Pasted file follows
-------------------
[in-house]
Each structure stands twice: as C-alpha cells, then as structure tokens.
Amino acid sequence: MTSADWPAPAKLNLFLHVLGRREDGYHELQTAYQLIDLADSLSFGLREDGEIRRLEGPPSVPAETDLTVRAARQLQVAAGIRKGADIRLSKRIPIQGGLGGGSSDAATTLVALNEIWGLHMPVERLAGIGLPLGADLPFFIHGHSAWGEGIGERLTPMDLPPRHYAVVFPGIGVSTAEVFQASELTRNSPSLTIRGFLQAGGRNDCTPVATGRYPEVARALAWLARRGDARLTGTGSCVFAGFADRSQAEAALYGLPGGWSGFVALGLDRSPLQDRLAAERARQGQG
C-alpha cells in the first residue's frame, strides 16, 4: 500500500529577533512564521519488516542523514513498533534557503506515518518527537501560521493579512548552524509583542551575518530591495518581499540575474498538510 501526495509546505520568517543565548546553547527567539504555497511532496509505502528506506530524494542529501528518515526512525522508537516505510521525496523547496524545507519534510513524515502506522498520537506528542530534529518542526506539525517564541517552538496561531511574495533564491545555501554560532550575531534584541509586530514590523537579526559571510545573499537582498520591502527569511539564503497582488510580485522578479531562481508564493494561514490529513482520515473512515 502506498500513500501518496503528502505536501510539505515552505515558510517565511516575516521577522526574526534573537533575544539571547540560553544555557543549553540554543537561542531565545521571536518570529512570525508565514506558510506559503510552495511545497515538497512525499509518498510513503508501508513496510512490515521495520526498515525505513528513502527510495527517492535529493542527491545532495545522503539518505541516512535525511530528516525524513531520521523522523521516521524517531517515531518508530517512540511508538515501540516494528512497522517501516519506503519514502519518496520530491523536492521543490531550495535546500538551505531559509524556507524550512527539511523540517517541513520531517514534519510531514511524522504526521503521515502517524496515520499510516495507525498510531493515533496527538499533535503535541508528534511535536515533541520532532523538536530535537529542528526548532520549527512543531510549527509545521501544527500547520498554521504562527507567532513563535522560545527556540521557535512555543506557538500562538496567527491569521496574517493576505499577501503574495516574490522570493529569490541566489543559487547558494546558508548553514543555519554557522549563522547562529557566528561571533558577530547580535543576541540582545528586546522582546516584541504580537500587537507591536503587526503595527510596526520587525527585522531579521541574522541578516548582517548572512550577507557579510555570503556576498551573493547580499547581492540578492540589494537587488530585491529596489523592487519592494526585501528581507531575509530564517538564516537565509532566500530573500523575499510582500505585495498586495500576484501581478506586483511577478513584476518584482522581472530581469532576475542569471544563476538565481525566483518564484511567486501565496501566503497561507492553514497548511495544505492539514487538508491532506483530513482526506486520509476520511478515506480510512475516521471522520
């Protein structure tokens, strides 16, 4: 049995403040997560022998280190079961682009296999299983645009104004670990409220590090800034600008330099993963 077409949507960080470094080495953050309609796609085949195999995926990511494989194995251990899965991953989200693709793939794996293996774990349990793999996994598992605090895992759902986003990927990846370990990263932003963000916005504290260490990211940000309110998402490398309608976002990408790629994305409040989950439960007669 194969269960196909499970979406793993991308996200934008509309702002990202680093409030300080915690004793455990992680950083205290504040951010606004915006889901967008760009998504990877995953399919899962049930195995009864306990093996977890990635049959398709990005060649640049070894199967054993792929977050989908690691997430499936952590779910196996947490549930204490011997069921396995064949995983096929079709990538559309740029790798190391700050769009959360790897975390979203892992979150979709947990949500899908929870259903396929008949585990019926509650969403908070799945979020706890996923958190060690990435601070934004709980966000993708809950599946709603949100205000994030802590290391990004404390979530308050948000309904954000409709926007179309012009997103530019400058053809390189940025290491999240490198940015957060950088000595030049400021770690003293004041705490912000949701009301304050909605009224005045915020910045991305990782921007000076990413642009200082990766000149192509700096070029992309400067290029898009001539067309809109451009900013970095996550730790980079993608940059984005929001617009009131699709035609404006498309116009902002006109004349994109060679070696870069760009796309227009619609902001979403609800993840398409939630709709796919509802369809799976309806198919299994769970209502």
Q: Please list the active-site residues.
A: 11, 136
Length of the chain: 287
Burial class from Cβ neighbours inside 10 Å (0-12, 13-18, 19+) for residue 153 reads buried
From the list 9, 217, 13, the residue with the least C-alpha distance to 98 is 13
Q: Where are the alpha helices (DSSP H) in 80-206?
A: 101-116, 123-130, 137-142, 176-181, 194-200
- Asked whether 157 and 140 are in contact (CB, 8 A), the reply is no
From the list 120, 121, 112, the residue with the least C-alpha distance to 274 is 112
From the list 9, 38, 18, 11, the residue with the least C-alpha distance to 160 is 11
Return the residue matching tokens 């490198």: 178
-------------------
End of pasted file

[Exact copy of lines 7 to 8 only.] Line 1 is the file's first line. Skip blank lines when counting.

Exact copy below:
A: 11, 136
Length of the chain: 287